In the late 1960s the five young mothers meet in Palo Alto at a park. They have plenty in common as they dream of being much more than just a wife and mother while hearing tales of the counter culture and the Summer of Love. The quintet love books especially those they can escape into so they can forget their somewhat tedious lives especially the household chores, but each sees a different role for the lead female characters based on what they dream they wanted.

Linda loves to run with the Olympics her fantasy goal. Brett literally wants to walk on the moon. Kath insists marriage is all she ever desired, but her four new pals with their aspirations make her wonder if there might be something in addition to being wife and mother. Ally, the only one without a child, wants a kid or three. The leader Midwesterner Frankie, who came to California as her husband came here to work at the fledgling computer business, hopes to be come a writer. THE WEDNESDAY SISTERS inspire each other to go after their aspirations and much more even when they seem impossible in a man's only world by writing and sharing their tales.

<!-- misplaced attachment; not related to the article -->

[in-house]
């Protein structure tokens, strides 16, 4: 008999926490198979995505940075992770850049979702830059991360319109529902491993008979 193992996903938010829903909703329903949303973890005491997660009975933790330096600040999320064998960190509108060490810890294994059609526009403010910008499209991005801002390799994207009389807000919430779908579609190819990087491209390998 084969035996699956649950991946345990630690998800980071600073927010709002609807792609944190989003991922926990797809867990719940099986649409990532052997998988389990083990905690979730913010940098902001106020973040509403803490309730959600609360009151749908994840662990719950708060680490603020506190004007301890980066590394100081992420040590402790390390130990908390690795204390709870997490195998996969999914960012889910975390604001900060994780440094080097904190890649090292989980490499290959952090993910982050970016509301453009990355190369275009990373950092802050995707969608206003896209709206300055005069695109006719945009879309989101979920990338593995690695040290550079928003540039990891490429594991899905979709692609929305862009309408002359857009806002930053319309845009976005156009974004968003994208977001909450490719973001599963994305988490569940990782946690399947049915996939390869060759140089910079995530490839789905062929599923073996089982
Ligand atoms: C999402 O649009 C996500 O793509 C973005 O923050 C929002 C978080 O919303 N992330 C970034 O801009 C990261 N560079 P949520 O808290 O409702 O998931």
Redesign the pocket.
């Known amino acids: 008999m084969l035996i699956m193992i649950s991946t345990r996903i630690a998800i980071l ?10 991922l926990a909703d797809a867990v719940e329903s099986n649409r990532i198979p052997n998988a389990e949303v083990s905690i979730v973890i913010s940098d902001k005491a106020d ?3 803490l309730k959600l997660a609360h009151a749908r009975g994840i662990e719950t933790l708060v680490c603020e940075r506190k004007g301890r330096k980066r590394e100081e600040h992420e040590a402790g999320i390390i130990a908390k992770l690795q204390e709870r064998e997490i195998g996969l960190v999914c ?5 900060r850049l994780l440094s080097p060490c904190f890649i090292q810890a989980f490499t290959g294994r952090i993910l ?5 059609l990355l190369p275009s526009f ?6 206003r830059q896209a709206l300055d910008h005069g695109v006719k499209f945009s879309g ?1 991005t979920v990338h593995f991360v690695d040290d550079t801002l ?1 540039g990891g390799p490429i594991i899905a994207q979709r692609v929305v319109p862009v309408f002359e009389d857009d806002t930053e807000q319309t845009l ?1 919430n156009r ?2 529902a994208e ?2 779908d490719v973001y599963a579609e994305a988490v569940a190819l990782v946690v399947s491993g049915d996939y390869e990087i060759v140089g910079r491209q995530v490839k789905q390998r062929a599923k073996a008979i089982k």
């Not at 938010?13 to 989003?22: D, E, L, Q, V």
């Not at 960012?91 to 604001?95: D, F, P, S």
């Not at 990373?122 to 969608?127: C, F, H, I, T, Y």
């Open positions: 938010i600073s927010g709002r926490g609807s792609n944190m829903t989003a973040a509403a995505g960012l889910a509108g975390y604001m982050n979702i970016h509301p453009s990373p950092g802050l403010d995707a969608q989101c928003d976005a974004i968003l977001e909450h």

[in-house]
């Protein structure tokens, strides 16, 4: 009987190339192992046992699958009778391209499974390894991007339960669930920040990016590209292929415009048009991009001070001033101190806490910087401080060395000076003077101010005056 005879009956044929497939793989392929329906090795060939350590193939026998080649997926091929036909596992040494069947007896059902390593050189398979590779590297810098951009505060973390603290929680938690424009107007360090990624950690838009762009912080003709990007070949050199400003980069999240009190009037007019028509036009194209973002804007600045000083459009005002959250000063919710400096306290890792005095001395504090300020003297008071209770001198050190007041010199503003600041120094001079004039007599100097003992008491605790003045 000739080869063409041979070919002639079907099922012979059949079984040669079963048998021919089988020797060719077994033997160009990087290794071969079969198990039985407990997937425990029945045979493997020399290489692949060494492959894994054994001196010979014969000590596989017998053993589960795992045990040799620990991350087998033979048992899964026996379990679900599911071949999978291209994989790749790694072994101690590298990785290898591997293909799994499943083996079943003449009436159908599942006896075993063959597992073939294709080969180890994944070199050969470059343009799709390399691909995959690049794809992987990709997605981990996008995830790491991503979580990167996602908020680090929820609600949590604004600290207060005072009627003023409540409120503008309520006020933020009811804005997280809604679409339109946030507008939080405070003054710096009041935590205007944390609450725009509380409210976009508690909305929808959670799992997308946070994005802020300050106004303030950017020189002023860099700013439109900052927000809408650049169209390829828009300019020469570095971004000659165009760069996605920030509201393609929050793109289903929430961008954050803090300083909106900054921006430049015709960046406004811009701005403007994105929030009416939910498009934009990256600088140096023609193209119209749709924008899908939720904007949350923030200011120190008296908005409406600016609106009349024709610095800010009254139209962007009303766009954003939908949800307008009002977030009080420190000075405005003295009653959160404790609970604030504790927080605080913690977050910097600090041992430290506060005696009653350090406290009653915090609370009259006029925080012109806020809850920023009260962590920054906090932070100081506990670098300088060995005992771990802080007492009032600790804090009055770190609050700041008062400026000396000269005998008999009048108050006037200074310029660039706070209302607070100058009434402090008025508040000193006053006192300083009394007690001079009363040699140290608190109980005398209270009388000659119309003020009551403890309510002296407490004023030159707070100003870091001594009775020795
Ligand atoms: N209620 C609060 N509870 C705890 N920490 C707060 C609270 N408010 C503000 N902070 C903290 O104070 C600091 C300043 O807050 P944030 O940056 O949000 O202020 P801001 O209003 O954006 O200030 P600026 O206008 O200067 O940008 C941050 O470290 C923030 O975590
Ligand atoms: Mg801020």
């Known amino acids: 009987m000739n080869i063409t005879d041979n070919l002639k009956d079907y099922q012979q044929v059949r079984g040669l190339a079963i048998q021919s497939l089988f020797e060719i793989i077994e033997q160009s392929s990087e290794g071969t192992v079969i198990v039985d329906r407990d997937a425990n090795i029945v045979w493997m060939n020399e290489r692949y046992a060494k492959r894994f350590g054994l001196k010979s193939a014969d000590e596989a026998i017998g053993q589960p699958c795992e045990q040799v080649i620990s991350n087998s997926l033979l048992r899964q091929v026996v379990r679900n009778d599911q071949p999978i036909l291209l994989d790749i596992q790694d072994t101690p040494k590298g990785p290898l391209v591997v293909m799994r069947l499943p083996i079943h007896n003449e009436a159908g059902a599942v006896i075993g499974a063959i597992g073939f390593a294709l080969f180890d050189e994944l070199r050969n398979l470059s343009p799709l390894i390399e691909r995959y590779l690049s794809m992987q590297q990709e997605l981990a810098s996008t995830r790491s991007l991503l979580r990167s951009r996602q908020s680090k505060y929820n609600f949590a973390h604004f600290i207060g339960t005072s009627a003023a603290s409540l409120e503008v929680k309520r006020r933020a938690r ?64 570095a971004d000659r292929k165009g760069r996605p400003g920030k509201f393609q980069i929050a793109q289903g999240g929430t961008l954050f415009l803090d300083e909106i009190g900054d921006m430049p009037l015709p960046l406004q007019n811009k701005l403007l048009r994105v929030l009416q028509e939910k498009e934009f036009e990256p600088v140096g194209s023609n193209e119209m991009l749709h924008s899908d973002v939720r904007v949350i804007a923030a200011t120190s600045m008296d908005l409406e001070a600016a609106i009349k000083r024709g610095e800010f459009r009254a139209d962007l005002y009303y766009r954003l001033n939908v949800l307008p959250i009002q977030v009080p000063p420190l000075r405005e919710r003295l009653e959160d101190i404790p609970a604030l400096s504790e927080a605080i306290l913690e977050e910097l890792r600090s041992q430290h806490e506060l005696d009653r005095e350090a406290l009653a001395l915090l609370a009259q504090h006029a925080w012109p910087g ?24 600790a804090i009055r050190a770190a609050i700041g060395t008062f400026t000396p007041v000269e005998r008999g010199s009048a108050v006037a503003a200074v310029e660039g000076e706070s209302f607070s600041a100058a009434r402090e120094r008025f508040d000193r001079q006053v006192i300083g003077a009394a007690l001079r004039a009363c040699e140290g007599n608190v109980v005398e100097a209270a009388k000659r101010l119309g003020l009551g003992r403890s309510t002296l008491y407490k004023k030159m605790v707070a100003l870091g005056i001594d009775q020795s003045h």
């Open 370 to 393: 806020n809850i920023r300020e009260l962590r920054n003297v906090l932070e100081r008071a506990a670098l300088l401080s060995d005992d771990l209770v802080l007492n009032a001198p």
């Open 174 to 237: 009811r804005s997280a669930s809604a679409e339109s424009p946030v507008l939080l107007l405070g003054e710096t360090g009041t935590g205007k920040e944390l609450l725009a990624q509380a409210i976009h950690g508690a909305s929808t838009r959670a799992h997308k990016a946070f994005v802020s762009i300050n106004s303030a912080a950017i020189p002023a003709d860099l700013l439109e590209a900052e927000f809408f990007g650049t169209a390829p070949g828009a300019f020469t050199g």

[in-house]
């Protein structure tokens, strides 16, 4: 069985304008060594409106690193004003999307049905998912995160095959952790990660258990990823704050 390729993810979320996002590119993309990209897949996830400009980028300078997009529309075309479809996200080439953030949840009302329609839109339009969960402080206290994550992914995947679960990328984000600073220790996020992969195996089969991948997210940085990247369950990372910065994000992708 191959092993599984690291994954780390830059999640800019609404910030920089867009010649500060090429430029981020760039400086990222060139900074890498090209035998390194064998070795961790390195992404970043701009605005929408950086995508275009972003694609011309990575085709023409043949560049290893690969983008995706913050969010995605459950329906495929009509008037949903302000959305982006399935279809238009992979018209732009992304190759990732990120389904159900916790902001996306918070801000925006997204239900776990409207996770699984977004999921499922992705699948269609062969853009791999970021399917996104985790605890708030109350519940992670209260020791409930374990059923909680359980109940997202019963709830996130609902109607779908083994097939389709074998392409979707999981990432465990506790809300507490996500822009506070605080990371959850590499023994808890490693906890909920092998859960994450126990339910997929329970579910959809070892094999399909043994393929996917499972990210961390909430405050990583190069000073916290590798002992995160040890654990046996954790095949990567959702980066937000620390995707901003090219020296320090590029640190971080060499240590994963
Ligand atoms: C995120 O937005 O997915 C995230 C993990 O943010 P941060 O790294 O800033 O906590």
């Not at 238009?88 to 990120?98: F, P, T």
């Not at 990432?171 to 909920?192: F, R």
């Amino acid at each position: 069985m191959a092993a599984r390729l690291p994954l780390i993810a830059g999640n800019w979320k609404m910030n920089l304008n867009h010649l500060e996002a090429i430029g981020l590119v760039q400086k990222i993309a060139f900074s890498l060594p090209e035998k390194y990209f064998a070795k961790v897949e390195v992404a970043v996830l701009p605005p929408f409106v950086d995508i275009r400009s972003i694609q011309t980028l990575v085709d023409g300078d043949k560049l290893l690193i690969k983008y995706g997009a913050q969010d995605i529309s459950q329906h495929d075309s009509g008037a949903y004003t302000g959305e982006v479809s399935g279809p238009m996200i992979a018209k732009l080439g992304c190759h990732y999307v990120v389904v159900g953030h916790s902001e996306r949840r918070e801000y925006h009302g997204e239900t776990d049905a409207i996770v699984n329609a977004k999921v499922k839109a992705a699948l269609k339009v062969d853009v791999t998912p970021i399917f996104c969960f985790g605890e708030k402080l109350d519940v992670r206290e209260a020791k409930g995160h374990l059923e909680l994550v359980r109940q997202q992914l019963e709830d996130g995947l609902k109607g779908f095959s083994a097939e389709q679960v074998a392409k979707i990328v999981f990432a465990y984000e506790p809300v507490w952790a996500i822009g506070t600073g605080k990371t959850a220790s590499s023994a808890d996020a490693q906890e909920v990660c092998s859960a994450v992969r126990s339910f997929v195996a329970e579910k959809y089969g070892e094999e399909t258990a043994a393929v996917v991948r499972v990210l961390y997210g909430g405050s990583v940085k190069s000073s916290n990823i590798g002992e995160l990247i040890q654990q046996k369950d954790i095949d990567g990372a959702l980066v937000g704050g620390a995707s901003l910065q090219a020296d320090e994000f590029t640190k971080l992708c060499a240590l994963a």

This historical sisterhood tale is an engaging look at the beginning of the "You've come a long way baby" feminist movement that brought women into many fields previously taboo epitomized by Hilary's run (the next one will go all the way). Each of the five women seems real due to their dreams to be more than identified through their husband and kids. Although their individual writings are too sweet even if they read valid for their place in late 1960s society, fans will enjoy this fine tale as before Sally Ride there was a real Brett out there trying to break out of the box.

Harriet Klausner